Royal Arcade, Wigan


The Royal Arcade in Wigan has a big sign saying it is Wigan’s oldest arcade, but actually although it might look older than the nearby Makinson Arcade, it really opened 28 years later, in 1927.

Its narrow walkway and the bend in the arcade, along with its mock-Tudor frontage give it real vintage feel, and it certainly fits the bill for An Arcades Project, but it is actually nearer art deco in period than Victorian.

It was quiet on the Sunday morning we visited, with only the sweet shop and a café open, but the occupancy rate is good, and it is quite probably a busy shopping arcade during the week and on Saturdays.

The arcade is home to a nice range of independent businesses of the types quite common in workaday arcades like this one: barbers, women’s clothing, haberdashery, jewellery, newsagents, bakery, cake shop, women’s hair and nails, and that 21st century phenomenon, e-cigarettes. There is also a podiatrist.

It’s the black and white tiled flooring that draws the eye into this arcade as much as the usual glass ceiling, perhaps because of the very narrowness of the arcade, where you almost feel you could reach out and touch the old shopfronts on both sides if you stretched your arms out.

There are photos of old Wigan that line the walls above each shop front, many of old factory or mill workers on a break. Sadly, none shows the actual arcade from older times, though again, the signage lays claim not only to this being ‘Wigan’s Oldest Arcade,’ but that it was built in 1899, rather than 1927 (however, even if that is true – and I’d love to see some primary source proof of that – 1899 is still a year later than the opening date of neighbour Makinson Arcade; and some in Wigan would like to see the now derelict Grimes Arcade – opened 1870 – refurbished and re-used, which would make it the oldest arcade in Wigan: looking at the state of it today, though, that could be some time away, but An Arcades Project will watch that space…).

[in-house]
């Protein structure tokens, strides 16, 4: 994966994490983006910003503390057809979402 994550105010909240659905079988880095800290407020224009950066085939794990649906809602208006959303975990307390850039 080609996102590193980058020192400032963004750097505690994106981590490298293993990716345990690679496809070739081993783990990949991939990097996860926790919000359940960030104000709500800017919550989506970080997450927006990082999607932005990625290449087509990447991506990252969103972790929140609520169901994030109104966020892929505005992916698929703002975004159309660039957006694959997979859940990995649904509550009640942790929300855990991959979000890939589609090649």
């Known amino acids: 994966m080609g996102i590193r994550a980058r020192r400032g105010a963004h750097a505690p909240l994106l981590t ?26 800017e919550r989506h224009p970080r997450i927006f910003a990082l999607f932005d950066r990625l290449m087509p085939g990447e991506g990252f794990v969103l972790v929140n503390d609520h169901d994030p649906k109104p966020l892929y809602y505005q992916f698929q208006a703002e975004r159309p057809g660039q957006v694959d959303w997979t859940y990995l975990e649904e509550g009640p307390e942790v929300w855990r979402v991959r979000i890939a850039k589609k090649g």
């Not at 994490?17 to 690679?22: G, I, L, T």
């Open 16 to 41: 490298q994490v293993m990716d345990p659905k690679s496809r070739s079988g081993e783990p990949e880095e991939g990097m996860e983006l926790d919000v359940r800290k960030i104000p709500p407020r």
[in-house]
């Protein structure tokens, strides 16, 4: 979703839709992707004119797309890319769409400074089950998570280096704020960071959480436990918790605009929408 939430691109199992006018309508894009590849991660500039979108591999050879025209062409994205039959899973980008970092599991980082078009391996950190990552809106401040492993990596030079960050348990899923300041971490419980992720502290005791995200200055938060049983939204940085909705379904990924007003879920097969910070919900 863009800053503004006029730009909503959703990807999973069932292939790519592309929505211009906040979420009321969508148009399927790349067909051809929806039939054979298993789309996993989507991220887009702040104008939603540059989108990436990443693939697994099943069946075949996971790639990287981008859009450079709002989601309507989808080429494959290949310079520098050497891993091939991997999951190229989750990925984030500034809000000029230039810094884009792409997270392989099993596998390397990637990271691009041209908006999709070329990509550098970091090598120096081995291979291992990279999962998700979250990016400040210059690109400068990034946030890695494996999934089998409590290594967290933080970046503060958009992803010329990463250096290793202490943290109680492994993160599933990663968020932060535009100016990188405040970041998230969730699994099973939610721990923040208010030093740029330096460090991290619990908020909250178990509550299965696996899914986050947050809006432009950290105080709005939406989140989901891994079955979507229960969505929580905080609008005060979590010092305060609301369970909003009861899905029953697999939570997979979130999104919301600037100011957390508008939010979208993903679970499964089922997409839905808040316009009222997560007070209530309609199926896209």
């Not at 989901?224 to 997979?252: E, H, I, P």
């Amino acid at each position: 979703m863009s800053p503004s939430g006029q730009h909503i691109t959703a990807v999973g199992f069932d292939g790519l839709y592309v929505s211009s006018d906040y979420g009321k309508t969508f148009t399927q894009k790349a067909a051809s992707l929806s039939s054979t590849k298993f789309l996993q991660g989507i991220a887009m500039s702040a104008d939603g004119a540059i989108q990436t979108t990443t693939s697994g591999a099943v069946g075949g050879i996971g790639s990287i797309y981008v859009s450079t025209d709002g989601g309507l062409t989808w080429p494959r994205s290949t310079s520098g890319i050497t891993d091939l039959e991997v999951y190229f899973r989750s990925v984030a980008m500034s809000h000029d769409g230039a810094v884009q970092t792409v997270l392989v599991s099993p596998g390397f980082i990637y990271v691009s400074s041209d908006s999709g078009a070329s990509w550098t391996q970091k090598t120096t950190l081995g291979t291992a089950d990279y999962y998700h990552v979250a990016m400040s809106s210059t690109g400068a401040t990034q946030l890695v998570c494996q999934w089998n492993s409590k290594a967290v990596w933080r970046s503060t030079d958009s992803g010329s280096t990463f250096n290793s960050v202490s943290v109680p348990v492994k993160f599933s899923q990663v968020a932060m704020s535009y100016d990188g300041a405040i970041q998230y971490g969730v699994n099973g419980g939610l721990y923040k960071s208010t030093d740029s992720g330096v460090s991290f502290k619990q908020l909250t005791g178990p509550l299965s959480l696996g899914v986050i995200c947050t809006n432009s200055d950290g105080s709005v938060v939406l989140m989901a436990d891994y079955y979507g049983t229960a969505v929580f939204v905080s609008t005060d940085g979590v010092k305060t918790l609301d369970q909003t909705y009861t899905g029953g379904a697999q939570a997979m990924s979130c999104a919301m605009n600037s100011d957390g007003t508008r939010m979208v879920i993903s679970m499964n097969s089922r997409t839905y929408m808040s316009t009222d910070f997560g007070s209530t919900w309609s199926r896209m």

Ah well, the Royal Arcade Wigan LOOKS older; it even has mock-Tudor frontage, which is very attractive but certainly not mediaeval. It’s a lovely arcade, though, and I must make a point of visiting again to see how busy it is on a working day.

My favourite shop today

I shall have to reserve judgement on this for another visit, as on the Sunday most of the shops were shut. We bought something from the little sweet shop, but I’d like to poke my head round the door of some of the other businesses in this arcade.

My pick of the arcade’s past

In 1928, May Rose had to appear in court on a charge of fortune-telling at No 1 in the arcade. The police sent someone in under cover to have their palm read, and caught May red-handed. The police woman was told there would be a little trouble over money matters, but that a tall young man would see her right. The tenancy agreement specifically allowed May Rose to act as a palmist, and she advertised in the local newspaper, but the court made her promise not to continue her practice, and let her off on payment of costs.

During WW2, when clothes could only legally be bought with ration books, a ladies’ outfitters in the arcade was fined £75 for supplying clothes on ration vouchers that had not yet reached the validity date. His defence was that his work was of ‘national importance…’

Stories in this section sourced from The British Library Board and 1) LIverpool Echo, 11 October 1928, Reach PLC; 2) Liverpool Echo, 21 December 1942, Reach PLC.

This arcade in films or books

I’ve yet to see any. If you see any, drop us a line via the message box below so we can include them.

What memories do you have of visits in years gone by?

Have you got any good stories to add on the past of this arcade?

Have you see the Royal Arcade, Wigan in any film or book?

What’s your favourite shop in the arcade today?

Is there a website for this arcade?

I didn’t find any website or active social media feed for this arcade. Again, if you know of one, let me know via the boxes below.

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